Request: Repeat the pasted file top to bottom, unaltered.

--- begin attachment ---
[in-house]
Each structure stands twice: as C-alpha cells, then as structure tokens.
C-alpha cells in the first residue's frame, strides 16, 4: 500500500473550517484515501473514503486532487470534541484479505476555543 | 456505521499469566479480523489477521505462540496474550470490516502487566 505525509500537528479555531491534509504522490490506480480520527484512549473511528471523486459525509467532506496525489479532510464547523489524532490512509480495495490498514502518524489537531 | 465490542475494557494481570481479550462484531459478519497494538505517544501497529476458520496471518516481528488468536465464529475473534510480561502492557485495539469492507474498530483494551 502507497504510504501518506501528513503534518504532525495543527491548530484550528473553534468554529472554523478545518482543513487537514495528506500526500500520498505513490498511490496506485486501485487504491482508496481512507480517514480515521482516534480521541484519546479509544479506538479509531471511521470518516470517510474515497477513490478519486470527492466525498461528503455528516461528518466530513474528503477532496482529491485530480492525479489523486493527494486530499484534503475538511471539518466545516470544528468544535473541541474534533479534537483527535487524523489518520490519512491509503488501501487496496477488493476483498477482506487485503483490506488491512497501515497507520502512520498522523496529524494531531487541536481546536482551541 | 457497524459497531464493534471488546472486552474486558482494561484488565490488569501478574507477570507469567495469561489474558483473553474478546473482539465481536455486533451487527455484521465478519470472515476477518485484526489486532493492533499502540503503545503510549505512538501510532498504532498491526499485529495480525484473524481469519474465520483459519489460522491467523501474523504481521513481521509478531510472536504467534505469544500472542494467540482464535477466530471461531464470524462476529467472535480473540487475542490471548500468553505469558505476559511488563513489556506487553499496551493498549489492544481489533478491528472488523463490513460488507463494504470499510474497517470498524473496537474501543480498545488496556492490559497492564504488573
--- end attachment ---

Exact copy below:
[in-house]
Each structure stands twice: as C-alpha cells, then as structure tokens.
C-alpha cells in the first residue's frame, strides 16, 4: 500500500473550517484515501473514503486532487470534541484479505476555543 | 456505521499469566479480523489477521505462540496474550470490516502487566 505525509500537528479555531491534509504522490490506480480520527484512549473511528471523486459525509467532506496525489479532510464547523489524532490512509480495495490498514502518524489537531 | 465490542475494557494481570481479550462484531459478519497494538505517544501497529476458520496471518516481528488468536465464529475473534510480561502492557485495539469492507474498530483494551 502507497504510504501518506501528513503534518504532525495543527491548530484550528473553534468554529472554523478545518482543513487537514495528506500526500500520498505513490498511490496506485486501485487504491482508496481512507480517514480515521482516534480521541484519546479509544479506538479509531471511521470518516470517510474515497477513490478519486470527492466525498461528503455528516461528518466530513474528503477532496482529491485530480492525479489523486493527494486530499484534503475538511471539518466545516470544528468544535473541541474534533479534537483527535487524523489518520490519512491509503488501501487496496477488493476483498477482506487485503483490506488491512497501515497507520502512520498522523496529524494531531487541536481546536482551541 | 457497524459497531464493534471488546472486552474486558482494561484488565490488569501478574507477570507469567495469561489474558483473553474478546473482539465481536455486533451487527455484521465478519470472515476477518485484526489486532493492533499502540503503545503510549505512538501510532498504532498491526499485529495480525484473524481469519474465520483459519489460522491467523501474523504481521513481521509478531510472536504467534505469544500472542494467540482464535477466530471461531464470524462476529467472535480473540487475542490471548500468553505469558505476559511488563513489556506487553499496551493498549489492544481489533478491528472488523463490513460488507463494504470499510474497517470498524473496537474501543480498545488496556492490559497492564504488573